Amillennialism and the Age to Come—A Critical Review # 9

by | May 31, 2017 | Book Reviews, Eschatology

Part 1, Part 2, Part 3, Part 4, Part 5, Part 6, Part 7, Part 8

Second Criticism:  Hermeneutical Priority Must Be Given to the New Testament over the Old Testament and the More Literal New Testament Passages over the More Figurative. (Continued.)

In my last post I pointed out that Waymeyer’s priorities ignore and contradict the plain teaching of the Bible, that the prophetic genre of revelation is characterized as “dark sayings” (Numbers 12:6-8) and cannot be given priority over the clear and literal deliverances of the New Testament.  My third comment builds on this reality.

Third, and now to be more specific, it is clear that Revelation 20 is also a passage that comes to us in the visionary, prophetic, or apocalyptic genre.  It also, then, is by definition a figurative, less clear, and more obscure passage.  As such, it must not be allowed to trump the clear teaching of the rest of the New Testament.  On what basis do I say this?

I say it, first, because if anybody can actually read the rest of Revelation (especially chapters 4-19) and not find themselves scratching their heads again and again about the meaning of its prophetic visions, well, they are better than I am and almost all other Christians.  Yes, there are high points like Revelation 5 which deal with the high points of Scripture like the ascension and enthronement of Christ.  Nevertheless, even these passages are stated in what is clearly, highly and continuously, symbolic language.  Revelation 20 may thus seem clear from within a Premillennial perspective, but it certainly has not seemed clear to those coming from other perspectives.  It also could be shown that Premillennialism has its own many internal controversies about the meaning and implications of Revelation 20.

But the main and even more cogent point is this.  The Book of Revelation bears all the marks of prophetic vision and is, thus, what Numbers 12:8 calls “dark sayings.”  This includes Revelation 20.  On what basis do I say that?  One of the clearest markers of the prophetic, visionary, or apocalyptic genre is the use of the words, “I saw,” in its various forms.  This marker occurs three times in Revelation 20:1-10 (once in verse 1 and twice in verse 4).  These words frequently designate in Scripture a vision or dream seen by the inner eye of the prophet in his mind.  In those cases the vision does not refer literally to anything in the external or physical world.  There are simply symbolic parallels between the visionary world and the external world.

The Greek verb translated, “I saw,” in Revelation 20:1 and 4 actually occurs 63 times in the Book of Revelation and almost exclusively refers to the visions and dreams which the Apostle John saw as a prophet.  The peculiarity of the genre of the Revelation is illustrated by the fact that these 63 occurrences are almost 1/7th of its 483 occurrences in the New Testament.  The darkness or difficulty of such language as compared to normal or literal language is underscored not only in Numbers 12:8, but also in another book that is marked by this genre, Daniel.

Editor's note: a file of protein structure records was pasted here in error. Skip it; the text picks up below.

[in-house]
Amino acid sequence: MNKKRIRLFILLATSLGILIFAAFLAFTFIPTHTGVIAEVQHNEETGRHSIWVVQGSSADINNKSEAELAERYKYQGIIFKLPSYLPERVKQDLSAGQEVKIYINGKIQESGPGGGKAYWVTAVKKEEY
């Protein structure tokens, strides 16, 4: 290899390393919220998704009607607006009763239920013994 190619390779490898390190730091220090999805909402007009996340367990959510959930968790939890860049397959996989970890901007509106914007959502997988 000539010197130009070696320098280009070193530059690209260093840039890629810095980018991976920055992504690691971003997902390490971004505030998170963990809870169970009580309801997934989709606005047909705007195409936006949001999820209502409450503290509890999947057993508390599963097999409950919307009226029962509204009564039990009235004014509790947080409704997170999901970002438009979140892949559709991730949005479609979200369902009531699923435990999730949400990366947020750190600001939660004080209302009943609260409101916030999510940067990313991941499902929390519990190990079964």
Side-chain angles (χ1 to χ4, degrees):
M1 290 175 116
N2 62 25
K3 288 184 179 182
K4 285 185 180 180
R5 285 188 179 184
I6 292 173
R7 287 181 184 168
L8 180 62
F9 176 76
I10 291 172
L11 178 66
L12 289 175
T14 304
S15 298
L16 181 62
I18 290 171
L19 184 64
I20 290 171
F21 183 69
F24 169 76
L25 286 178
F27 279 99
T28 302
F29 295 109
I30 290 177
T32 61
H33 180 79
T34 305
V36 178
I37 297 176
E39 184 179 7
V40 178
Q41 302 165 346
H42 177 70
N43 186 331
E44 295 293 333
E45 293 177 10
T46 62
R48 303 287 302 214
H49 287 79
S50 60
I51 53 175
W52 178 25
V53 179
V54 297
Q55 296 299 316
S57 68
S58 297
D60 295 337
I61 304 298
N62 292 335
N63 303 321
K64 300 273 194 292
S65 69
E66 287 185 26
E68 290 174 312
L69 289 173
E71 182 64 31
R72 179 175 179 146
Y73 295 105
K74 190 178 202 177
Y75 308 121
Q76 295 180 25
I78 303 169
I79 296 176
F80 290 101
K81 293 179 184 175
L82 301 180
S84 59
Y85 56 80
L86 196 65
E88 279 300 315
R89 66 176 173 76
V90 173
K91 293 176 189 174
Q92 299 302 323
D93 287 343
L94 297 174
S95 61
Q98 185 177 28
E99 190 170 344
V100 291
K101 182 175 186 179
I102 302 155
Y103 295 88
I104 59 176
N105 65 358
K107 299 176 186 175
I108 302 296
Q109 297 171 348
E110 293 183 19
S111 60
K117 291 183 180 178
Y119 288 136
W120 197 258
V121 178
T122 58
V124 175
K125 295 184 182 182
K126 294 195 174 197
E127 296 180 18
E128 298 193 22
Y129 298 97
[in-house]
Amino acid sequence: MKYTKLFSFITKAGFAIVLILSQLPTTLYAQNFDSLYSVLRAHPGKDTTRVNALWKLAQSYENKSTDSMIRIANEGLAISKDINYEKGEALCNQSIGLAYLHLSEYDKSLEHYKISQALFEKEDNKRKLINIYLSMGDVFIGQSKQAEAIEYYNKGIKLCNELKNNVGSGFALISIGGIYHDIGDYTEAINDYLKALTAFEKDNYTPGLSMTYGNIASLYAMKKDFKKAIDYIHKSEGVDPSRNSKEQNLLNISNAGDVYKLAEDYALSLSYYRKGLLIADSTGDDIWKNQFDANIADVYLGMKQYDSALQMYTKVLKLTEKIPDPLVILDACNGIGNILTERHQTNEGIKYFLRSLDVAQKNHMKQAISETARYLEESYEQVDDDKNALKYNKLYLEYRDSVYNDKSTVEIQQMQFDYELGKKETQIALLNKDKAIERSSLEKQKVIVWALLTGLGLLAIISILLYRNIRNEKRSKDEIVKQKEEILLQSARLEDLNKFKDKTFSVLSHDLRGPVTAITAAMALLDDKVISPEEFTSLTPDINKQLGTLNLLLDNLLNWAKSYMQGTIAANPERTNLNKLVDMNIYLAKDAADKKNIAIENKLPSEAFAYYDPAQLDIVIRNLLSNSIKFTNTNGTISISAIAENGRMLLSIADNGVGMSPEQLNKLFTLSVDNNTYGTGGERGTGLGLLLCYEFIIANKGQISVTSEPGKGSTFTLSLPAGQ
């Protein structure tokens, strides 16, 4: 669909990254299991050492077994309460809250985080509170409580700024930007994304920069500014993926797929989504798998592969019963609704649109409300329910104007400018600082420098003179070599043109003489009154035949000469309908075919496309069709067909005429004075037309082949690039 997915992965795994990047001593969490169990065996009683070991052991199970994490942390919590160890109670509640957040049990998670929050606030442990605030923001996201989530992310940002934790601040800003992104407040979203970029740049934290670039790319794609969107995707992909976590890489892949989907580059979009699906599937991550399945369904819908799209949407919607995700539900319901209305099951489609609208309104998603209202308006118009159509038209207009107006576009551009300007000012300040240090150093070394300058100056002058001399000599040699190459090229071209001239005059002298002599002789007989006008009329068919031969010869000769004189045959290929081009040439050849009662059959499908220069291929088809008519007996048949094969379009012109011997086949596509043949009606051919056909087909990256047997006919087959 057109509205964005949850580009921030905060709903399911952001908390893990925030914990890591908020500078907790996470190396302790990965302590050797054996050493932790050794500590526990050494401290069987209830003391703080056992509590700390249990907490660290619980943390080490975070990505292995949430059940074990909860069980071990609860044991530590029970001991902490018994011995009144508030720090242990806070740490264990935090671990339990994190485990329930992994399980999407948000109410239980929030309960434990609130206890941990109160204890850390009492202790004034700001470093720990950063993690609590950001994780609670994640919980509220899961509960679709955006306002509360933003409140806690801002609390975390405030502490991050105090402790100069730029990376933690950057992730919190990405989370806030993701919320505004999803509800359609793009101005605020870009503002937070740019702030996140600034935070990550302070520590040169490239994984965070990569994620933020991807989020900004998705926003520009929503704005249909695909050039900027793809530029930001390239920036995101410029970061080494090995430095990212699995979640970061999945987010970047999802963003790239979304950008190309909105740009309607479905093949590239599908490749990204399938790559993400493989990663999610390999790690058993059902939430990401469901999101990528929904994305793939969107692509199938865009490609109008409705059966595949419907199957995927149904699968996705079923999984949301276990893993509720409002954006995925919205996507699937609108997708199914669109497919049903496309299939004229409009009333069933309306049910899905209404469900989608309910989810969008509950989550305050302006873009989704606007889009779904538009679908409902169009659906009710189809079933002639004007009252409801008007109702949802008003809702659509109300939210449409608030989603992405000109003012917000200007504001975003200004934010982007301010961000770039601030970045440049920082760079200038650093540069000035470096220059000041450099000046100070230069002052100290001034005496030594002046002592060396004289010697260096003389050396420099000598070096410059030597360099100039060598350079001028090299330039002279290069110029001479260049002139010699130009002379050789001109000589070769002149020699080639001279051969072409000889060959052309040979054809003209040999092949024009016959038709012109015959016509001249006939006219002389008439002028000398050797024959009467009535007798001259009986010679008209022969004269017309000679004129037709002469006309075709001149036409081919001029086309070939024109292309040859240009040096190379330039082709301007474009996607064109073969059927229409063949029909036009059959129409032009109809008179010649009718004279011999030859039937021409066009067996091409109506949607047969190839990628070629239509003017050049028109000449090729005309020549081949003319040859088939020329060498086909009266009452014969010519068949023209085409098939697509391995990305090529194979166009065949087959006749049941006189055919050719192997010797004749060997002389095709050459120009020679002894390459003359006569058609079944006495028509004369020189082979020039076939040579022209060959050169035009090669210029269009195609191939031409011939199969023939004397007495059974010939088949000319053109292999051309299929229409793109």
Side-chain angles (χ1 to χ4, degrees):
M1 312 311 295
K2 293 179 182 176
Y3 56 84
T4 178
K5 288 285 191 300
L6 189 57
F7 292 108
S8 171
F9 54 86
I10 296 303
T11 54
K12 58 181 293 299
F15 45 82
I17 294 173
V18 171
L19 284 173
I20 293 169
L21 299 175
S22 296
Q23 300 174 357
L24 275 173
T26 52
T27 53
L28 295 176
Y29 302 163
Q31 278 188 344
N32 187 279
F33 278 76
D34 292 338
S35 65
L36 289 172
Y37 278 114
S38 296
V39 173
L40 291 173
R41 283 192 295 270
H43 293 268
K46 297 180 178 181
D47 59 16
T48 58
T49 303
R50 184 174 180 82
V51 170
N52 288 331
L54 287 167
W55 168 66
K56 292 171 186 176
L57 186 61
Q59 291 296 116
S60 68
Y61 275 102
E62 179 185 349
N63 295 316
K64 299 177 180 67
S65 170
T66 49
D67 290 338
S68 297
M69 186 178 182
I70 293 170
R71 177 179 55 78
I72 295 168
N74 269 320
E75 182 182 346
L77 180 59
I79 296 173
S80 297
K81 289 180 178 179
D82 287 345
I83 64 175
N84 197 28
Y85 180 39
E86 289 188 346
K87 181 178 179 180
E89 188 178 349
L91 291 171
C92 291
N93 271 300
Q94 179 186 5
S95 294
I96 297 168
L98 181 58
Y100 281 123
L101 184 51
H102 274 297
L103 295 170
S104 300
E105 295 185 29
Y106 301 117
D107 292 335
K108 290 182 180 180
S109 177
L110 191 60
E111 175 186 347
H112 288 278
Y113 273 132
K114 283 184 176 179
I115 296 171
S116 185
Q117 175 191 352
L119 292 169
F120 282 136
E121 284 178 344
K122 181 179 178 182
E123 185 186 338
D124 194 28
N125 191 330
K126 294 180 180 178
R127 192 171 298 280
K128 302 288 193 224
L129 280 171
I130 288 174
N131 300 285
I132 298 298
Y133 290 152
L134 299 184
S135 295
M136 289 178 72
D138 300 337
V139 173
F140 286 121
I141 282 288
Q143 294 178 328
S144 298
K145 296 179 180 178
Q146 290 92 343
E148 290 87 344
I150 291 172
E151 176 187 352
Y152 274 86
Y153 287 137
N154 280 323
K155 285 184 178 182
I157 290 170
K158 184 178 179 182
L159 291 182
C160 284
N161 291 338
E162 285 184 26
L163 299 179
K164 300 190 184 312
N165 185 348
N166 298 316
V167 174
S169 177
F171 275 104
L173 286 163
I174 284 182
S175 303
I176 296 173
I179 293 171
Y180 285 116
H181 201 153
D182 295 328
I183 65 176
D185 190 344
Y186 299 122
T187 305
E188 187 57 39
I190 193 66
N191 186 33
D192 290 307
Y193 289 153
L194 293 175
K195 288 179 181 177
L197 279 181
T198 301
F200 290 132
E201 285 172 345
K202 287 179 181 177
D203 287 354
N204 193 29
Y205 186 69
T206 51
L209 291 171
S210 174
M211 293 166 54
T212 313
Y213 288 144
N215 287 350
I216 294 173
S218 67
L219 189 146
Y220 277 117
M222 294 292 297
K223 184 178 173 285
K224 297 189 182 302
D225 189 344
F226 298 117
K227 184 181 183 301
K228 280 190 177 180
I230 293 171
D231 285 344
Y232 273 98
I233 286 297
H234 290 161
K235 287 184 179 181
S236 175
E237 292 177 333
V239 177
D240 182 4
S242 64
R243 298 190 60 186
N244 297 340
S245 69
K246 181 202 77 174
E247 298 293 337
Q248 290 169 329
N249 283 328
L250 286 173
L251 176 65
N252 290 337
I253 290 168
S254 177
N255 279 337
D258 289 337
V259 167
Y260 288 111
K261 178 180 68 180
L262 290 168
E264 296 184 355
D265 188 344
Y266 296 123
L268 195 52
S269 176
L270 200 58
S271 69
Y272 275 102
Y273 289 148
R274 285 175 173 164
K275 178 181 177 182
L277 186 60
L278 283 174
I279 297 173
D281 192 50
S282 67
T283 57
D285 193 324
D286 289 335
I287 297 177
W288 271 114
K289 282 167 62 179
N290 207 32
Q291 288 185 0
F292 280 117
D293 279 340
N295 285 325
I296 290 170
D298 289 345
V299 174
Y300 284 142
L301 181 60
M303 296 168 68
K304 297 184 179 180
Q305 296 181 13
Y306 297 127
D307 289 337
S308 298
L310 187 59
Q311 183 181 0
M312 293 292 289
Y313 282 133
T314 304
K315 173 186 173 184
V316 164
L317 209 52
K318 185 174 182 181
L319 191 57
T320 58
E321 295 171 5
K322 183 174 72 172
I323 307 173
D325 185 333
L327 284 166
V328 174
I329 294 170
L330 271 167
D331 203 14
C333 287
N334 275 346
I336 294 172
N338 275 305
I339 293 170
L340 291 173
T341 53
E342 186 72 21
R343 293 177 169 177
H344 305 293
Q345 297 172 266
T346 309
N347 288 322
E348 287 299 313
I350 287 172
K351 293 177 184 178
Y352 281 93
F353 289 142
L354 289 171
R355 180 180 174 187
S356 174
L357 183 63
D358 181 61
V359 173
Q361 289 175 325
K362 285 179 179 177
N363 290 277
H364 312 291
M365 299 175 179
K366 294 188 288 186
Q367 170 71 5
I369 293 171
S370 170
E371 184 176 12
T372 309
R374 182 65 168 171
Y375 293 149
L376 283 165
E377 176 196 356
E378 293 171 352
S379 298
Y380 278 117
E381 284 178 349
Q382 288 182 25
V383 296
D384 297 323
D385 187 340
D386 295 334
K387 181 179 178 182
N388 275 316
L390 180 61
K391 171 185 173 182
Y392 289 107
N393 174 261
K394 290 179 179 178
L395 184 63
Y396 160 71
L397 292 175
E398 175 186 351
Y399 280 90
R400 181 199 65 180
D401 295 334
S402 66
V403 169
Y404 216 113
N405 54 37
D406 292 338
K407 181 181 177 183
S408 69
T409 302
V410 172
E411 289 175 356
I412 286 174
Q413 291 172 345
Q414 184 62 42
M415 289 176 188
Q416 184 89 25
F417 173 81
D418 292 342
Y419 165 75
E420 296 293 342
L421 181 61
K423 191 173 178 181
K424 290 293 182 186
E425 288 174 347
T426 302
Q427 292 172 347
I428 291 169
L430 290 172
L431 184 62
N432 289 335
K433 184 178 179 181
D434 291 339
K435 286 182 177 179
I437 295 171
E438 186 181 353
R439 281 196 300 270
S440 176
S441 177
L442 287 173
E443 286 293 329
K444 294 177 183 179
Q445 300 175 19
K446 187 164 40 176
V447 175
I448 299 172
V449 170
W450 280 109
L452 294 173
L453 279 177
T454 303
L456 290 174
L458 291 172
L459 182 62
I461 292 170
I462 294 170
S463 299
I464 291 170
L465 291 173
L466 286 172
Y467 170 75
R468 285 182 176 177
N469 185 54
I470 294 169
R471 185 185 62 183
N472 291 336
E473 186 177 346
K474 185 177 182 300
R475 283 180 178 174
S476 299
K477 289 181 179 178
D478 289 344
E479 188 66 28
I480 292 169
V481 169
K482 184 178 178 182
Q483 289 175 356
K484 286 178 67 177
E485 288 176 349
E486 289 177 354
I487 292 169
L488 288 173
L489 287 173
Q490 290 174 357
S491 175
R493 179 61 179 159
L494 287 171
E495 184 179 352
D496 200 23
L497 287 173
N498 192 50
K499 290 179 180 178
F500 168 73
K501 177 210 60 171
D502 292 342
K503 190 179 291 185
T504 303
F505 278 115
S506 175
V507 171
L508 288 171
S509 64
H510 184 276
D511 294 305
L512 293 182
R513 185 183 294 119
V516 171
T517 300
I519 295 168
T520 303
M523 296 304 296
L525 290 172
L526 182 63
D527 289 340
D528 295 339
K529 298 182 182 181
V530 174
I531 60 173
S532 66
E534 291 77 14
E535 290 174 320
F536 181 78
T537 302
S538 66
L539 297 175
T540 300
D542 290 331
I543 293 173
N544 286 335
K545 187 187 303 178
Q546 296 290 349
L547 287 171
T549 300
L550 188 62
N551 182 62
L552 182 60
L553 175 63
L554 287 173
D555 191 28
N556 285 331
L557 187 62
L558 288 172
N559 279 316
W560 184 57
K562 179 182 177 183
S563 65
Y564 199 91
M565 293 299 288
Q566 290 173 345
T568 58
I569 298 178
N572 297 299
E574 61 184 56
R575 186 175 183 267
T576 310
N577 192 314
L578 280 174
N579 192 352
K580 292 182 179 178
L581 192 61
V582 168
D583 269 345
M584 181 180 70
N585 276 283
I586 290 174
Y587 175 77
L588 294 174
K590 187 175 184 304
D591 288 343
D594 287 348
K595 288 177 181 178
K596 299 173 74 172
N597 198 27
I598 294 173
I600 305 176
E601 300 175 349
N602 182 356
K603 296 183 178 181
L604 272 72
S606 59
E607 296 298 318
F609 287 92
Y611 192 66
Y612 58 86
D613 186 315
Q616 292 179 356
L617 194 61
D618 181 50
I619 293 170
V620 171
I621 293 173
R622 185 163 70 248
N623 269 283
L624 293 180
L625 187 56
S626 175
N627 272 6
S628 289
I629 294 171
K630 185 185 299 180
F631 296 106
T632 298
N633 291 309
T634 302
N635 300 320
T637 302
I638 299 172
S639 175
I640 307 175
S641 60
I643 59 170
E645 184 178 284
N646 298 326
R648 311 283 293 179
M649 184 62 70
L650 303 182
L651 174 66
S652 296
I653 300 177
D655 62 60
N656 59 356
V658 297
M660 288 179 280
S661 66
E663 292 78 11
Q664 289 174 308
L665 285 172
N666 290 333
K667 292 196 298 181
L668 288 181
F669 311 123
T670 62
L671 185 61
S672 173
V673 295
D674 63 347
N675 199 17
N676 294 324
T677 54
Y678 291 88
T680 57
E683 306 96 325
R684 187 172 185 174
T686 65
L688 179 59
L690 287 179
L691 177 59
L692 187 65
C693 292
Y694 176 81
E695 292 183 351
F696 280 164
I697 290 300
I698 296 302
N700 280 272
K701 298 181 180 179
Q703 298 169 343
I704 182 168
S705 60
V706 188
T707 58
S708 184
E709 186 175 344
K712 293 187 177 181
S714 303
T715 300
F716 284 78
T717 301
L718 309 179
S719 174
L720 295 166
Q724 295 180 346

In Daniel 8 Daniel sees the vision of the ram, the goat, the little horn, and the suspension of regular sacrifice in the temple.  The word used in the LXX of Daniel 8:1-2 to identify this vision is the same as that used in Revelation 20 and throughout the Revelation.  After the conclusion of the vision the difficulty of interpreting such visionary revelation is underscored in Daniel 8:15-17: “When I, Daniel, had seen the vision, I sought to understand it; and behold, standing before me was one who looked like a man.  And I heard the voice of a man between the banks of Ulai, and he called out and said, “Gabriel, give this man an understanding of the vision.” So he came near to where I was standing, and when he came I was frightened and fell on my face; but he said to me, “Son of man, understand that the vision pertains to the time of the end.”  Clarifying interpretation is necessary for such revelation as Daniel was given in Daniel 8 in order for it to be understood.  Such interpretive help is not necessary for normal speech and literal communication, but such interpretive help is necessary for visions like those seen in Daniel 8.

Hence, for Waymeyer to maintain the hermeneutical priority of Revelation 20 over the rest of the New Testament betrays great insensitivity to its literary genre and a refusal to acknowledge the comparative difficulty of interpreting such language as compared to the normal speech of historical narrative and epistolary discourse which dominates the rest of the New Testament.  We must in our interpretation of the Bible give hermeneutical priority to the clear before the difficult, the literal before the figurative, and the general before the detailed.

More to come…

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